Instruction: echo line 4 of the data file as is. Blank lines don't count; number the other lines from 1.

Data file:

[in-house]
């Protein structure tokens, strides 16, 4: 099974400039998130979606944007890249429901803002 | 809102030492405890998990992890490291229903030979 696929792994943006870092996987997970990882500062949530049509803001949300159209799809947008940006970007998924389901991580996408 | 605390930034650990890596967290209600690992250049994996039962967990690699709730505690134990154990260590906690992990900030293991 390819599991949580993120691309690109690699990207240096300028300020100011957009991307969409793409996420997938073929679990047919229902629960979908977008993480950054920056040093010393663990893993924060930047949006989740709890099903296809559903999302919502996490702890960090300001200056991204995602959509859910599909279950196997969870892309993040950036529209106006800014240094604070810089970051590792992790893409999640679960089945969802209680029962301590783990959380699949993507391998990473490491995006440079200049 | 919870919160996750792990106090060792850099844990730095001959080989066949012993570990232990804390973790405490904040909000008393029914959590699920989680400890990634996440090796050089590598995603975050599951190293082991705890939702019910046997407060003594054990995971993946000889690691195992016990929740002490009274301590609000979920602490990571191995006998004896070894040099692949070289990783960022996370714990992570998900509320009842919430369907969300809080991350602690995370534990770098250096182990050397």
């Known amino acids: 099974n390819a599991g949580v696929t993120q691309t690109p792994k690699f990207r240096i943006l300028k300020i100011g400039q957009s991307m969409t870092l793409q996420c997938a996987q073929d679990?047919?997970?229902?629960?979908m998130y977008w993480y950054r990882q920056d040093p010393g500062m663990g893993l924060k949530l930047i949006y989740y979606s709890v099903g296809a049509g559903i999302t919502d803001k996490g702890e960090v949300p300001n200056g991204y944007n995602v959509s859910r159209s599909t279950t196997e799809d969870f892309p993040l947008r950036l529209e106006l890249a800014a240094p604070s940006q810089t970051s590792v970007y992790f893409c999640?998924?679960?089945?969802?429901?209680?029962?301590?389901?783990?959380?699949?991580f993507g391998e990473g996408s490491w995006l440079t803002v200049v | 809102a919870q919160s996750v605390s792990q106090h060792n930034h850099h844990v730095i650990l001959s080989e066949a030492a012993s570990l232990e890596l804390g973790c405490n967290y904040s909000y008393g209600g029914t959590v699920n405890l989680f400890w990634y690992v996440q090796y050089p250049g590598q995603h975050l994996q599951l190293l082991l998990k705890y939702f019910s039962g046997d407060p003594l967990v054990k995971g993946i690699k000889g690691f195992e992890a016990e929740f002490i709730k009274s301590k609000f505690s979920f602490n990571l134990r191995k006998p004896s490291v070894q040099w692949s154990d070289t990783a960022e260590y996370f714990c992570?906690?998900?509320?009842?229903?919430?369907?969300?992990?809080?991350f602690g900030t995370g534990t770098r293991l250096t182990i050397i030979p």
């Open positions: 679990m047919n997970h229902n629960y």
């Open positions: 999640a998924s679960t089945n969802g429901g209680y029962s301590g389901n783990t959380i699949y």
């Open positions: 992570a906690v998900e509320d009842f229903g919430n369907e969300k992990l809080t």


């Open positions: 679990m047919n997970h229902n629960y």